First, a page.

The Stranger by Albert Camus

December 23, 2008
By Maddie Collet, Eugene, OR

The Stranger definitely does not fit under the catergory "young adult." It isn't that it is inappropriate in a sexual or verbal way, it's just that it is heavy. Extremely heavy. Albert Camus is known world wide for his exestential views, and in The Stranger, his views are not hidden.

It starts off in France around the 1940's, where we meet Mersault, a young man who is at his mothers funeral. From the very first sentence of the book, it is obvious that Mersault doesn't care even the slightest about his mom. "Maman died today, maybe it was yesterday, I don't know, I got a telegram this morning."
He shows no sorrow for her death and no sign of mourning- at all. He goes through the funeral griping about how hot it is and how much he want's to go smoke a cigarette.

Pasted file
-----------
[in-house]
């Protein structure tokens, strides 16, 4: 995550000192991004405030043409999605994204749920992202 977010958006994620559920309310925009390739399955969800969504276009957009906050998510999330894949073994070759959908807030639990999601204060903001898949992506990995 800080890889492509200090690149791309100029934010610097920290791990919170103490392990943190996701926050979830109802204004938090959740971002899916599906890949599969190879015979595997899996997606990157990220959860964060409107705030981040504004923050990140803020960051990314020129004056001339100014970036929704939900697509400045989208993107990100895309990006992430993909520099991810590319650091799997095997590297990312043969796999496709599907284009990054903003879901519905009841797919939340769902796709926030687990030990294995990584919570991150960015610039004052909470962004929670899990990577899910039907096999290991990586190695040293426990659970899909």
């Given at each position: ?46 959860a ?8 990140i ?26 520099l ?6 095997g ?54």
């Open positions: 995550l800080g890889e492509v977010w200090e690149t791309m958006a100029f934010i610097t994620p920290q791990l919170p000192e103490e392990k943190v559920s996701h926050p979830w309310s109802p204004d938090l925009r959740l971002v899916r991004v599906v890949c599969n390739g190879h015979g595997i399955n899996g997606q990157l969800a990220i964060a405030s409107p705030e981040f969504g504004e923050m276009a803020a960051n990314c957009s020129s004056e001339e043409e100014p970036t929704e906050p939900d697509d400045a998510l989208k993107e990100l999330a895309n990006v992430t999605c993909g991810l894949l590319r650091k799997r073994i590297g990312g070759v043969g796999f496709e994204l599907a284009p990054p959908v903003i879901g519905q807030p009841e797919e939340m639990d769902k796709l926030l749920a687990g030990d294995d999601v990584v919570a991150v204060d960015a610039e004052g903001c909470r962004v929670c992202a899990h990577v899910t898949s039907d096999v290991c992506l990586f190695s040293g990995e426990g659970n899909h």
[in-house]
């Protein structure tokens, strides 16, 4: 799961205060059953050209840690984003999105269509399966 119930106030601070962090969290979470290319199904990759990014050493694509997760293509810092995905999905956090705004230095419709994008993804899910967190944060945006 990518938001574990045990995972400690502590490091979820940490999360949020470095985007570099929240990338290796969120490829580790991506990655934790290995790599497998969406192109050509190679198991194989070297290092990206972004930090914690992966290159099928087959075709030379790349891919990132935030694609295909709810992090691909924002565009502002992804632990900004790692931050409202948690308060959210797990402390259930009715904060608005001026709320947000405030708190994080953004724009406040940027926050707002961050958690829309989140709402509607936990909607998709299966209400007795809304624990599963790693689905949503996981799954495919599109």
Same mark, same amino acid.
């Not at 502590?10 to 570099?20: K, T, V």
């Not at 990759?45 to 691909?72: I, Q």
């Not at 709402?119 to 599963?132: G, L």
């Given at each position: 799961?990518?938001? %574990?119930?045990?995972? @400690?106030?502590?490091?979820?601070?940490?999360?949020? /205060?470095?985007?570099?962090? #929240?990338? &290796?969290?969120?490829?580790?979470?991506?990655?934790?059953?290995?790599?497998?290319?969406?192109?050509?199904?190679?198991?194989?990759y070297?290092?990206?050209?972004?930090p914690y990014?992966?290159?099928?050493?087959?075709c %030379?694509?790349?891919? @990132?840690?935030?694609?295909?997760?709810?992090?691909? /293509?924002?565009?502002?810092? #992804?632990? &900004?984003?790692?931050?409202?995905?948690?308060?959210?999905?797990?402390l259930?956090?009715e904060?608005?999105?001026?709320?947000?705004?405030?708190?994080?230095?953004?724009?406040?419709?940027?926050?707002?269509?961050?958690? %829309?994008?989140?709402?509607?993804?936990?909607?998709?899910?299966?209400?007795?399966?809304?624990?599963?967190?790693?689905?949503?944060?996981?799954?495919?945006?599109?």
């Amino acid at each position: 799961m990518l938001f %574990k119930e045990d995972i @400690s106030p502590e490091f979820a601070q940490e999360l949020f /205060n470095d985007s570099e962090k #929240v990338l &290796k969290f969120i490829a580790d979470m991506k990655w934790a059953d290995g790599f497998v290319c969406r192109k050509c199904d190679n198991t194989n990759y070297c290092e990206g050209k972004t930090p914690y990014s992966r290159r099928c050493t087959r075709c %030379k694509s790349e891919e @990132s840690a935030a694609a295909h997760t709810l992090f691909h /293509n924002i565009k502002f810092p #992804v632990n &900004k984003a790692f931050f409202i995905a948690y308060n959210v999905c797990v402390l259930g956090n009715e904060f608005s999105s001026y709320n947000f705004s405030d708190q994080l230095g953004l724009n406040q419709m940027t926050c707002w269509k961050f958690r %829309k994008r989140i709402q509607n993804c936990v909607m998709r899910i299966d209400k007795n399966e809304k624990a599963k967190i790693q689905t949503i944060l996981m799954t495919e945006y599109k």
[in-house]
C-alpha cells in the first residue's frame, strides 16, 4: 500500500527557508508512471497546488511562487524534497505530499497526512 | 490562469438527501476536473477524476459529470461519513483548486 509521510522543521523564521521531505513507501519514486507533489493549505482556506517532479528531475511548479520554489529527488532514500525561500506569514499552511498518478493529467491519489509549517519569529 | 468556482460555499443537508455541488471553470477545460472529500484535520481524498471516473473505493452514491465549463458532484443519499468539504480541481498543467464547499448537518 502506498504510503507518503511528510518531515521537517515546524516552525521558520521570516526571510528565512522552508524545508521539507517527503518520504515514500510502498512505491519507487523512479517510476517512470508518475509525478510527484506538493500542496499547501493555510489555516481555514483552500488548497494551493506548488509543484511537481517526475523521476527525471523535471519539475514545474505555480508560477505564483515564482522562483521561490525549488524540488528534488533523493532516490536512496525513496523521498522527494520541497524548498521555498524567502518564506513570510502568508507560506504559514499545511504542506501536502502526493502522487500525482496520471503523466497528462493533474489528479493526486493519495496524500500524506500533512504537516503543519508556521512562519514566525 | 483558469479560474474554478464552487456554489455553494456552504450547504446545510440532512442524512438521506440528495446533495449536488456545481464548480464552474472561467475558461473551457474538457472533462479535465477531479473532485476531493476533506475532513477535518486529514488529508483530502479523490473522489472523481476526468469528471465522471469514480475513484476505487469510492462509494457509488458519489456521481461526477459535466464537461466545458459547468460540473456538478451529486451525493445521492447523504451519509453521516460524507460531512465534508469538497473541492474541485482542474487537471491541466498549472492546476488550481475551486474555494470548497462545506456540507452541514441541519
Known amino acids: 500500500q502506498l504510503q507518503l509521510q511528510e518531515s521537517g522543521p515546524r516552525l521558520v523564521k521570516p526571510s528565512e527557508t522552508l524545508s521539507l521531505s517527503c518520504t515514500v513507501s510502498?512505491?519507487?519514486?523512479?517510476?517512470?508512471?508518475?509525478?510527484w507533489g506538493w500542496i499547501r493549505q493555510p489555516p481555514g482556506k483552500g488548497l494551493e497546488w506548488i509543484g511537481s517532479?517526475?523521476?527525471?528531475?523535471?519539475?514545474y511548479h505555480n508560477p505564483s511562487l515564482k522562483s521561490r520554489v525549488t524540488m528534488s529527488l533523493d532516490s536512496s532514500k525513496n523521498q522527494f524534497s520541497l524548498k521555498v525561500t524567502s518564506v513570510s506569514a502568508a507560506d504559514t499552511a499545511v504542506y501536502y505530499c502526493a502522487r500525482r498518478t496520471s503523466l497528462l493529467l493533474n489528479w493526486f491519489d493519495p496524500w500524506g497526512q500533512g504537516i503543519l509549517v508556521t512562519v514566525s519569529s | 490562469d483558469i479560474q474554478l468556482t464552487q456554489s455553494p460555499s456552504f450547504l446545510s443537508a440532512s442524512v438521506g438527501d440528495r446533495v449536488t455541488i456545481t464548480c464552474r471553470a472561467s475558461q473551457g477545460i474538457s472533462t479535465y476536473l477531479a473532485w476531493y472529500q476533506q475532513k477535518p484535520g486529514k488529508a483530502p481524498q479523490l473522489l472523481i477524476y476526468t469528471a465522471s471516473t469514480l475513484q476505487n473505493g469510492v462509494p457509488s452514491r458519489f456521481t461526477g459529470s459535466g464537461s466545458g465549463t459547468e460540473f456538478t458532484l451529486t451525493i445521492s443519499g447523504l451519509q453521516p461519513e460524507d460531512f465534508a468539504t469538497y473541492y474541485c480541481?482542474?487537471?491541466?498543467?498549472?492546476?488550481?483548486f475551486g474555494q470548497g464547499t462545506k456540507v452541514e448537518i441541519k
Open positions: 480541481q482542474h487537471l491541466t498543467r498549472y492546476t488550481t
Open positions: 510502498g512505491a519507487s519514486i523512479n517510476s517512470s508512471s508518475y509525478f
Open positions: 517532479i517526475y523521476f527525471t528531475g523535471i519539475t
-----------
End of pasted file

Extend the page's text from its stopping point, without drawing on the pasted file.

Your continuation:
My first thought was, wow this guy has no heart, but then you meet Marie, Mersault's lover, and you start to see his affectionate side. But then when Marie proposes to him and he says "I don't care. Whatever." my original conclusion was up in the air again- sociopath!

But then things get really obvious. Mersault murders a man when he is at the beach with Marie and his friends, and from there it goes into his short life in prison, which, again, he seems to have no emotion about.

So what happens to Mersault? Does he live in prison for the rest of his life? Is he freed? Does he die? I will not say because if this book isn't considered literature, than I don't know what is. Reading The Stranger, was a very emotional experience and I recommend it to anyone who likes slow books with very little build up, but changes the way you think.

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